The characteristic symptoms of Aconite have already been brought before you, and will enable yon to select and administer to advantage this much abused remedy. I will now proceed to caution you against the administration of Aconite and Belladonna in alternation, and I do so, because you will find this alteration recommended in the ordinary books on practice; yon will also find cases recorded in which Aconite was administered in alternation with Belladonna, and when you see practitioners follow this mode of prescribing, giving as a reason, that it has been done by others, and quoting precedents, you might perhaps also fall into the same error. To enable you then to resist this wide-spread mongrelism, and to give your reasons for disapproval, and also to prepare you rationally and understandingly to combat this violation of our principles as well as of the fundamental rules of practice, we will first consider the error of alternating medicines in general, and then show in what particulars Aconite and Belladonna are similar or differ.
The question of alternating medicine has been brought before the profession from time to time, and but very lately an interesting paper “On the Alternation of Medicines” was read before the British Homoeopathic Society by Dr, Drysdale, and published in the September number of the Annals of that society. As the paper expresses the opinion at present pendant among a large majority of the homoeopathic physicians in England, we will here take occasion while considering this subject, to allude to it. The learned author of that paper, Dr. Drysdale, whilst saying that he does not give a preference to the plan of alternation, yet the bulk of said paper treats of the cases in which it is allowable. Without entering more fully on the fundamental ideas of Homoeopathy upon which he bases his conclusions, and without here showing his misconception of Homoeopathy and his false position, or questioning the admissibility of the authorities he quotes, taking the doubtful assertions of Trinks in preference to the sound and long accepted teachings of Hahnemann, we will deal with the question only as it should present itself to us as Homoeopathicians.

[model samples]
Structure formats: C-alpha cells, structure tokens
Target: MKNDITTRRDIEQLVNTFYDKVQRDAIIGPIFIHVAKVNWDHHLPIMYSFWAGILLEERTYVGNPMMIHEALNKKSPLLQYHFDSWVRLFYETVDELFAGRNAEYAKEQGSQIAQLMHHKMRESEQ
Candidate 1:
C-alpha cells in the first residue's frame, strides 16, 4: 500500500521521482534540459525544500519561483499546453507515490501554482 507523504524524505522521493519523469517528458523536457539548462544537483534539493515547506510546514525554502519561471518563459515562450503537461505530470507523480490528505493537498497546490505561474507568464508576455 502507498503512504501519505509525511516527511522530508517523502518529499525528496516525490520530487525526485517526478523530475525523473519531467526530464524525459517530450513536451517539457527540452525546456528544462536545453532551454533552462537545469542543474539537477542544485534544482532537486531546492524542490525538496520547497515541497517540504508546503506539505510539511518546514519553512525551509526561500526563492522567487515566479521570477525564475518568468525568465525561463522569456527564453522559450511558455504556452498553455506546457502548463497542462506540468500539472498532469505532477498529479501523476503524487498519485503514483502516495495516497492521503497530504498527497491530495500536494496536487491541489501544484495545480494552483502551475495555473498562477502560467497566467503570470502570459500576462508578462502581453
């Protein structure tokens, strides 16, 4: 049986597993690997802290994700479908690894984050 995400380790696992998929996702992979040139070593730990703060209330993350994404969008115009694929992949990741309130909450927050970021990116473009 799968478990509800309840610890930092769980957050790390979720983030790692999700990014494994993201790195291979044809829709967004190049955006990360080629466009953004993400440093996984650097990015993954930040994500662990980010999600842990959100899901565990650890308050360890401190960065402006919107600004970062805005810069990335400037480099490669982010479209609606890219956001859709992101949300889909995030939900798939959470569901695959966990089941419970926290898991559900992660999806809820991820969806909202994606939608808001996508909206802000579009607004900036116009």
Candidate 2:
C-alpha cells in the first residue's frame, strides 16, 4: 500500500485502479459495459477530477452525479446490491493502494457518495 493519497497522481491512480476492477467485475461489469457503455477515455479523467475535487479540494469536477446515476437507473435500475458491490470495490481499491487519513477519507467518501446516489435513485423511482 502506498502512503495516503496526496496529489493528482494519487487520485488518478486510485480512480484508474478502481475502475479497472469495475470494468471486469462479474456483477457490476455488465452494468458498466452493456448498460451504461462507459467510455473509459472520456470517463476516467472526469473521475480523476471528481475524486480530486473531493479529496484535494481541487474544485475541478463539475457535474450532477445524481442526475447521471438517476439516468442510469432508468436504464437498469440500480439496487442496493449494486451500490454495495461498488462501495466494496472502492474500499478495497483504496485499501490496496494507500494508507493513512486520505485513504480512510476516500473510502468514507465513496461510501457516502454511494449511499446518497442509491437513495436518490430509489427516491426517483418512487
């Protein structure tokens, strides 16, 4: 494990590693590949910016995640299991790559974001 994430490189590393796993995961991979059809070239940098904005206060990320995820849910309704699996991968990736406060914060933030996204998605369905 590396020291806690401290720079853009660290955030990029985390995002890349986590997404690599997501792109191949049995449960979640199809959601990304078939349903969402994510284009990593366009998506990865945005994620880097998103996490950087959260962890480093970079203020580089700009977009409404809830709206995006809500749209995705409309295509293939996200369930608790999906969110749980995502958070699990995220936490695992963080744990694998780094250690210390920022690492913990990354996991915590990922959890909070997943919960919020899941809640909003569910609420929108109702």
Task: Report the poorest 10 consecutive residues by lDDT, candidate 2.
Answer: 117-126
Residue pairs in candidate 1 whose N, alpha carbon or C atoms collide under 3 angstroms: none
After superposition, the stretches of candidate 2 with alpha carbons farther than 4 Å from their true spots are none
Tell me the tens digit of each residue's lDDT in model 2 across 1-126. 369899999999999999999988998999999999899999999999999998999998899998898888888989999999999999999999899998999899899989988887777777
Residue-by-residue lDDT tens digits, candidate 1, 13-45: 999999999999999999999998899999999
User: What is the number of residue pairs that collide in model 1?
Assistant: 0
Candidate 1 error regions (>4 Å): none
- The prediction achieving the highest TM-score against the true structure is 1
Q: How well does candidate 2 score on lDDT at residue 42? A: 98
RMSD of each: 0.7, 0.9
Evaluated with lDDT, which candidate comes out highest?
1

The alternation of medicines can occur in two different ways, first an alternation a priori, as for example the prescribing of Aconite and Belladonna in alternation, each remedy to be administered after a specified lapse of time, whether this time is numbered by minutes, hours or days is immaterial, the principle remains the same. Suppose then, that yon are called upon to prescribe for a given case, and are, of course, believed to understand the homoeopathic law of cure, the fundamental principles and practical rules left us by Hahnemann, and, acknowledged as the unerring guide, by all true Homoeopathicians and also to know the effects of the medicines, how can you ever be induced to violate one and all of the practical rules, and by prescribing two medicines in alternation, give evidence of your want of accurate knowledge of the effects of either of them.